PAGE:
Calendar – Syncs with iCal (Mac) or Microsoft Office Outlook (PC). I have four color-coded calendars set up in my iCal: Personal, Work, Church, and VCU. They all sync seamlessly with the iPhone. All alerts, reminders, and other features remain intact and all events are editable on the fly. My Mac was already helping tremendously to organize my busy (as of lately) life, but now that I have my calendar with me at all times I always know what I have going on.

Photos – Displays photos automatically synchronized from iPhoto (Mac) or any set folder on your Mac or PC, or those taken directly with the iPhone’s built-in camera. Nifty interface with options for slideshows, transitions, and other cool things. You can also quickly zoom in or out on photos by “pinching” the screen (sliding your thumb and index finger together/apart).

Camera – Nice 2.0 megapixel digital camera that takes photos comperable to the iSight webcam built into my MacBook Pro. Good color quality with little to no brightness wash-out that you sometimes get with cameras on mobile devices.

YouTube – Excellent mobile version of the site with options for search, most popular videos, bookmarks, and more. Nice widescreen, full display of videos, fast loading, especially when connected to wi-fi as opposed to over AT&T’s Edge data network.

Stocks – As you could imagine, I’m not really into the stock market, but very nice interface for checking up on the performance of your favorite companies should you so choose

Maps – A mobile version of the Google Maps application, and just as with any Google software, it’s feature-rich and intuitive. “Pinch” to zoom in/out, view satellite imagery, get directions, search for the nearest anything (a simple search for Starbucks returns all the nearby Starbucks locations, complete with wi-fi information and phone numbers. Some even include store hours!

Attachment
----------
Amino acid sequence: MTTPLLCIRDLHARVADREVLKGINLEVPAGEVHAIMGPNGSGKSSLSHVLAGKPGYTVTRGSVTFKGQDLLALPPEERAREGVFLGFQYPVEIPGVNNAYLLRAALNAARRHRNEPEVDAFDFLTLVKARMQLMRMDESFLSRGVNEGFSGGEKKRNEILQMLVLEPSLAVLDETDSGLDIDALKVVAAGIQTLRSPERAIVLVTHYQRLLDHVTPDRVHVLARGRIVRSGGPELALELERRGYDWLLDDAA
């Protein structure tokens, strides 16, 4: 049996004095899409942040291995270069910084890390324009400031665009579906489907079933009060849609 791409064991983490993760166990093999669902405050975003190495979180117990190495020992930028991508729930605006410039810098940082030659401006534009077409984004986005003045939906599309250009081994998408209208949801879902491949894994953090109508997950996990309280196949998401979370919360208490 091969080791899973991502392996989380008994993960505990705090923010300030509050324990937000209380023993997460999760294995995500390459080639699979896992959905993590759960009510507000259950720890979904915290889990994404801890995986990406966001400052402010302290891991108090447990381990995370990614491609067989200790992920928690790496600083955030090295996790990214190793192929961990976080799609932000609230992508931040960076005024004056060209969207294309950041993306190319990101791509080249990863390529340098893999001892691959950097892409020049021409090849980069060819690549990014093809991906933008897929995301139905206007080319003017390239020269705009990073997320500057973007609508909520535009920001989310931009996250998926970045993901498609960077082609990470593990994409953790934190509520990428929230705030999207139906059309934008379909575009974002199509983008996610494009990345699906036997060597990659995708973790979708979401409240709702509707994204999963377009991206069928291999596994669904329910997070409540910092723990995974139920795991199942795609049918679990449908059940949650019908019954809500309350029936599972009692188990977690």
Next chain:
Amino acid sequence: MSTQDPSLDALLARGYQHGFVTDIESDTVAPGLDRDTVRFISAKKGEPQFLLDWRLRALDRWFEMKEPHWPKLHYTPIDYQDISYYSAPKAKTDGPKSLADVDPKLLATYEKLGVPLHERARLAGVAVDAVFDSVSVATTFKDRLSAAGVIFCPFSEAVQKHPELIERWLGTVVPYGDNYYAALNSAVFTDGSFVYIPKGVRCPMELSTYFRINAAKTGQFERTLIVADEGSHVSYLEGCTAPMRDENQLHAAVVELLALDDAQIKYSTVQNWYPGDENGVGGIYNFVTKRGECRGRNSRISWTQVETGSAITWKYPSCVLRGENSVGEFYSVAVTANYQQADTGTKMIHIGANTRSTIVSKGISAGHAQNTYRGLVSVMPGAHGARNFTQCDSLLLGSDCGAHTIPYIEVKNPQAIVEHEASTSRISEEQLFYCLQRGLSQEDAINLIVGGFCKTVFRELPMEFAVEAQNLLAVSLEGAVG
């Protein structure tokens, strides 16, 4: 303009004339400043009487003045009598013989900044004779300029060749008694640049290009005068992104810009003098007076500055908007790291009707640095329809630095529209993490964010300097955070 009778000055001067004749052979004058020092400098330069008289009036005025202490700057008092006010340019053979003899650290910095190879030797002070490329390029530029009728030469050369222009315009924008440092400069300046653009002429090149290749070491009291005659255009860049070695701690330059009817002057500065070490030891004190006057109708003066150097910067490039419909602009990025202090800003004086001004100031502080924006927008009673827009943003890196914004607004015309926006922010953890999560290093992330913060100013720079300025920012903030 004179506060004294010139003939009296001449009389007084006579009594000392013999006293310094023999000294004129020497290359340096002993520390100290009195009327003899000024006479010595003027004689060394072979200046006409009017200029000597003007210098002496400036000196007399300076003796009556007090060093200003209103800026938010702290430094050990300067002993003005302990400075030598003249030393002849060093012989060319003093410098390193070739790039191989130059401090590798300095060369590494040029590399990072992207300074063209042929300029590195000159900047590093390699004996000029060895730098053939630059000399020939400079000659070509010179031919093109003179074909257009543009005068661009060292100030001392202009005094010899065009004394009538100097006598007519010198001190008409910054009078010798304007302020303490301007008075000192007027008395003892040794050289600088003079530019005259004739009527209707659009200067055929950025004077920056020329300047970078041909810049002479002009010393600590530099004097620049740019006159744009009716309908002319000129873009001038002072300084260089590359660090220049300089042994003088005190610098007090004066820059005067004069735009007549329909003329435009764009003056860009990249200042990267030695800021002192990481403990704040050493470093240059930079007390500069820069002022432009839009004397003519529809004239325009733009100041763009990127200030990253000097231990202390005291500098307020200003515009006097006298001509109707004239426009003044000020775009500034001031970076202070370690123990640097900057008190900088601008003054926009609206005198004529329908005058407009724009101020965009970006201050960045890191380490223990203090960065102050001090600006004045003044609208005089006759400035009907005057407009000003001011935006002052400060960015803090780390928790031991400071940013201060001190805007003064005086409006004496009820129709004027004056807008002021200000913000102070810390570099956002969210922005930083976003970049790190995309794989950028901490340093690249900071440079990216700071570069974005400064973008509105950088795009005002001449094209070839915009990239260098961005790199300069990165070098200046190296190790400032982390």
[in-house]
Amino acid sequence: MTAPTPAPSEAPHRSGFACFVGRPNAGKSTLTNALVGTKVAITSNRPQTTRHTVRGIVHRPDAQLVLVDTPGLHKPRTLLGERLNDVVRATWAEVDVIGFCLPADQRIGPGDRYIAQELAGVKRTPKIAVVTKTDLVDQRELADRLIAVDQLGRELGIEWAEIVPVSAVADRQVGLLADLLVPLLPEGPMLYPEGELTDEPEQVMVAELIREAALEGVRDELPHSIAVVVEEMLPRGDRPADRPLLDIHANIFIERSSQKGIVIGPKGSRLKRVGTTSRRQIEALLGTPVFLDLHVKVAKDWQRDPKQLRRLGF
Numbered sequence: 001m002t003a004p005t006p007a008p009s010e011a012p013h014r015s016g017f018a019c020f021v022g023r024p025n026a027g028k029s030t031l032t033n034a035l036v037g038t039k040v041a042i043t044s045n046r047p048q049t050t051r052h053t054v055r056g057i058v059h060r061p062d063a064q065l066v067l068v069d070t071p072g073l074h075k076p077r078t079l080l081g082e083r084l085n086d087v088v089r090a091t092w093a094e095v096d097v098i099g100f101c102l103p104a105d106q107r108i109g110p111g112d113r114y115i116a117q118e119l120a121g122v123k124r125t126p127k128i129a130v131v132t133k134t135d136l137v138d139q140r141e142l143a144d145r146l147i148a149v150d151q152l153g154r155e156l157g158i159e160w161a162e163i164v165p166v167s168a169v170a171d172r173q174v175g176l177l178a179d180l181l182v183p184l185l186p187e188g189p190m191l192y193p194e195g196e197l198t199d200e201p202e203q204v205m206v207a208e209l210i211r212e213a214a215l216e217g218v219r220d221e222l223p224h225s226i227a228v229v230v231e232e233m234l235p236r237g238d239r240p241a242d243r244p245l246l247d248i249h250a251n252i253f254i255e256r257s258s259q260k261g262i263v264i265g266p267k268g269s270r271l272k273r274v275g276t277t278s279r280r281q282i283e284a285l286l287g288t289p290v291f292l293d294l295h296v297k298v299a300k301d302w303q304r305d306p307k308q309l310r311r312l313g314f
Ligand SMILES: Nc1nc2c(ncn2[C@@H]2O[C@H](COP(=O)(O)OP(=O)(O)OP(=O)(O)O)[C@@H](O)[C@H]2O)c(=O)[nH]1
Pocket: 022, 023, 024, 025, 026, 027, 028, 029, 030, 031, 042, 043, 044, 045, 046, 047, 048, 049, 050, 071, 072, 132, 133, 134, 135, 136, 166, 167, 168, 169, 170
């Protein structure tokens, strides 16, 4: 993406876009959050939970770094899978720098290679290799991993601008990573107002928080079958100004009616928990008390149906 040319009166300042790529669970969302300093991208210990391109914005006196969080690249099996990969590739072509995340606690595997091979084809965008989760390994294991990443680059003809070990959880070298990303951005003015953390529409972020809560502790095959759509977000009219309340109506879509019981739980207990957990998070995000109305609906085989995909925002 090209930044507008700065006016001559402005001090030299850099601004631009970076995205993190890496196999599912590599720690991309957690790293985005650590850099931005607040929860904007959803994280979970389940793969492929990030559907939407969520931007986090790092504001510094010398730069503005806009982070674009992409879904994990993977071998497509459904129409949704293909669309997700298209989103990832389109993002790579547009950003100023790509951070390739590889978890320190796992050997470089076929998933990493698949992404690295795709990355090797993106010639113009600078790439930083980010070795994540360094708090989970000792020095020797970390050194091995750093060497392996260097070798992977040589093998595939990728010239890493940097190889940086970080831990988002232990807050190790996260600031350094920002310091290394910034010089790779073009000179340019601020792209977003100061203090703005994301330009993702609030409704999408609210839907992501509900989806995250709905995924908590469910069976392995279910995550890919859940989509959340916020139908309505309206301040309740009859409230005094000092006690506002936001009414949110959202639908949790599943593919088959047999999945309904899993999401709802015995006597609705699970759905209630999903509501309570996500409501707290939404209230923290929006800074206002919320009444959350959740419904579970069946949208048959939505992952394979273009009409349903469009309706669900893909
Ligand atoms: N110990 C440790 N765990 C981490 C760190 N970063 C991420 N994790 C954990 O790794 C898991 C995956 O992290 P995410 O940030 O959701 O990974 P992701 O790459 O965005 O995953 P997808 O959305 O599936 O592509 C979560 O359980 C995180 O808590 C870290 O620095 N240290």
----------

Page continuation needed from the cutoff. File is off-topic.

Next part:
Weather – Simple, easy-to-use weather interface that shows the next few upcoming days’ weather forecast and high/low temperatures, easily customized for multiple locations

Clock – Includes a timer, stopwatch, alarms feature, and world clock that displays the time in any city of your choosing worldwide

Calculator – Does the job. Simple, big buttons, does what it needs to do

Notes – Similar to the Stickies application in Mac OS X, useful for writing down “to do” items or anything you need to remember

Settings – Controls for everything on the iPhone, including really cool built-in ringtones. A lot of times phones come with lame ringtones, but Apple did a good job with this.

Phone – Well, this IS why I have the thing, right? Among other things, yes. View all your contacts (synchronized from Address Book (Mac) or Microsoft Office Outlook (PC)), and just click to see all their details. Click below to get to your “Favorites” list (basically speed dial on most phones), and the voicemail menu brings up one of the coolest features: Visual Voicemail. No more dialing your mailbox to retrieve messages and listening to frustrating audio prompts from within. Visual Voicemail does just what it sounds like- visually displays your voicemail messages and lets you click on them to play (click below to stop or pause) and delete or save them, scroll through them much like you would with a song on the iPod, and call the person back, all with one touch of the screen. Amazing feature.